The Bible Jesus Read
Publication Date: December 17, 2001
Number of Pages: 240
Dimensions: 8.50 × 5.50 (inches)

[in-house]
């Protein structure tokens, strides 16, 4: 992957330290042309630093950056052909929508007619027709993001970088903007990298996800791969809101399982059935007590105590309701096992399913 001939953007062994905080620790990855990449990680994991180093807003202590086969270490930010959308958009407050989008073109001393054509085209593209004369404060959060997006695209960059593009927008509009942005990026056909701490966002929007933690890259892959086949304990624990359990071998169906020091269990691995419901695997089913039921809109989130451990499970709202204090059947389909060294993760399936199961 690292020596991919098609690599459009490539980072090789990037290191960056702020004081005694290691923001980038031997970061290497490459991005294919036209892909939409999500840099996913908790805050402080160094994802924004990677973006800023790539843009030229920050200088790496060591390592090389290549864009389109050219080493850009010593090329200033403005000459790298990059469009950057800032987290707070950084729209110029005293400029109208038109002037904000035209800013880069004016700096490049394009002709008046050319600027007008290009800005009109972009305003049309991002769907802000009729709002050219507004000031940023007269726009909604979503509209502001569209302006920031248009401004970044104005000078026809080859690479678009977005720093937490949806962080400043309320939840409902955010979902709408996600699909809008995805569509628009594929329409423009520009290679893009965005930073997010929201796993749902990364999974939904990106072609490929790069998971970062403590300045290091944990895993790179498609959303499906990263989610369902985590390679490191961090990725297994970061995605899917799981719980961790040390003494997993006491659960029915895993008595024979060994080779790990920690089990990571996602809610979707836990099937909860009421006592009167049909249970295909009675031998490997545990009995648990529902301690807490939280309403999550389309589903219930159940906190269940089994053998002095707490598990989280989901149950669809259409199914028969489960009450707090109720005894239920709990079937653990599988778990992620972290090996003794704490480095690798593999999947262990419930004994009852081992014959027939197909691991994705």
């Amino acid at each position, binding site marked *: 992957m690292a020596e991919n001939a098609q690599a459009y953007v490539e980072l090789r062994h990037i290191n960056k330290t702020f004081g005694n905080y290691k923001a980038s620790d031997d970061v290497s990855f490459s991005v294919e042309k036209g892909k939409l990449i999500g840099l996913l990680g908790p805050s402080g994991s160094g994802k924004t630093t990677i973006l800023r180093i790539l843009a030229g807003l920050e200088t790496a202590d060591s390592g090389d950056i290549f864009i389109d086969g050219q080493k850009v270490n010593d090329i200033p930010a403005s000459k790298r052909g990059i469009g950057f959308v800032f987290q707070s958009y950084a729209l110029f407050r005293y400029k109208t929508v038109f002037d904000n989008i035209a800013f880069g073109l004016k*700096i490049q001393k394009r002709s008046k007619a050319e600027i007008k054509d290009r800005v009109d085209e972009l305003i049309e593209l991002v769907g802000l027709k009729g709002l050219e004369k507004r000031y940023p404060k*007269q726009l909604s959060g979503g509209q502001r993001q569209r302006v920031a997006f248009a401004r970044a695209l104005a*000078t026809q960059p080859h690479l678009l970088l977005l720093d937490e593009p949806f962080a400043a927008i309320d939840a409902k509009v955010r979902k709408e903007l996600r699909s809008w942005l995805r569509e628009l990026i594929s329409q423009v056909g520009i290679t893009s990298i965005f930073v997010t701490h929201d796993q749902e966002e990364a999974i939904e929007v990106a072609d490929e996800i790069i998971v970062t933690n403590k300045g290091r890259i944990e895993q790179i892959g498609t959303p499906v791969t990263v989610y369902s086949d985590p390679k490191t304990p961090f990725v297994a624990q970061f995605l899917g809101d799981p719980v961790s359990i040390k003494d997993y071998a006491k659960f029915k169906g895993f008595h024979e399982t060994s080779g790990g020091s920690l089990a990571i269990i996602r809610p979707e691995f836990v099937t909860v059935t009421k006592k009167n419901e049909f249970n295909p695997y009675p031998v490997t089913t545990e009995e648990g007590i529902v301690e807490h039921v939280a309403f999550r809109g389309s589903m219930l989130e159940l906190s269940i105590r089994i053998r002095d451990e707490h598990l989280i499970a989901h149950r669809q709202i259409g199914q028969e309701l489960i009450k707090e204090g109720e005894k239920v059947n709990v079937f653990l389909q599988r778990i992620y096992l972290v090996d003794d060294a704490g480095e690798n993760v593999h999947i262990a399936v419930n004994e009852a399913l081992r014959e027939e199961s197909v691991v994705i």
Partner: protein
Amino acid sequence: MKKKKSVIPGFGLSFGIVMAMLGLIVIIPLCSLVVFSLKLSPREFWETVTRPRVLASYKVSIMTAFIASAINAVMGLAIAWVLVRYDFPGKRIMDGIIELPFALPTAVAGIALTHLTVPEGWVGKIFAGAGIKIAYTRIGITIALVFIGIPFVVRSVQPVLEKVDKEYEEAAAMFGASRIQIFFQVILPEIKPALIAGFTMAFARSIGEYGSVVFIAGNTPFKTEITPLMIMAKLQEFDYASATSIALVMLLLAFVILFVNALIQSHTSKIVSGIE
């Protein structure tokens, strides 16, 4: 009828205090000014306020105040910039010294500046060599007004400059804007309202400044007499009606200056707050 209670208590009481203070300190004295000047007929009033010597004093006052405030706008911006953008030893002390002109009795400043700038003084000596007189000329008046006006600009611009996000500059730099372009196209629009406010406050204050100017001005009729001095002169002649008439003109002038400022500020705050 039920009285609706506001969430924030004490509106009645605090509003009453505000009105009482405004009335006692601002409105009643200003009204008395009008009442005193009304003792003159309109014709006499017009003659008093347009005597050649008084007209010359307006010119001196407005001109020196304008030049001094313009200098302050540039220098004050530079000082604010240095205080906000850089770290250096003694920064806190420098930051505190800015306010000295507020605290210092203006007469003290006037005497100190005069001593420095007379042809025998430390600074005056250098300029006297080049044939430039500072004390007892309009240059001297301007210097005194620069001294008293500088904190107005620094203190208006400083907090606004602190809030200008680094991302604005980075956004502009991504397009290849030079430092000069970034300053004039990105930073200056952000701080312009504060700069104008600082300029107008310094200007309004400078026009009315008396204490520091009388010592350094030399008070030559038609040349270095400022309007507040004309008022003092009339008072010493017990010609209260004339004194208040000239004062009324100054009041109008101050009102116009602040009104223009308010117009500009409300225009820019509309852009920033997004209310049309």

Philip Yancey has a way of confronting our most cherished but misguided notions about faith. In The Bible Jesus Read, he challenges the perception that the New Testament is all that matters and the Old Testament isn’t worth taking the time to read and understand. Yancey admits that, like many Christians, he usually avoided the Old Testament. After all, why bother with writings that can be so baffling, boring, even offensive to the modern mind? But a surprising discovery awaited Yancey when he began to explore how the Old Testament related to his life today. Those seemingly irrelevant Hebrew Scriptures took on a startling immediacy, portraying a passionate relationship between God and people against the broad backdrop of human experience. Like nothing else, the Old Testament depicts the cries, the complaints, the deep, insistent questionings of the heart, the stuff of life we all must contend with. With his candid, signature style, Yancey interacts with the Old Testament from the perspective of his own deeply personal journey. From Moses, the amazing prince of Egypt, to the psalmists’ turbulent emotions and the prophets’ oddball rantings, Yancey paints a picture of Israel’s God--and ours--that fills in the blanks of a solely New Testament vision of the Almighty. Probing some carefully selected Old Testament books--Job, Deuteronomy, Psalms, Ecclesiastes, and the Prophets--Yancey reveals how the Old Testament deals in astonishing depth and detail with the issues that trouble us most. The Old Testament in fact tackles what the New Testament often only skirts. But that shouldn’t surprise us. It is, after all, the Bible Jesus read. The Bible Jesus Read will give you abundant new insights into the heart of God the Father. And as you read with a fresh eye the prayers, poems, songs, and bedtime stories that Jesus so revered, you will gain a profound new understanding of Christ. "The more we comprehend the Old Testament," Yancey writes, "the more we comprehend Jesus."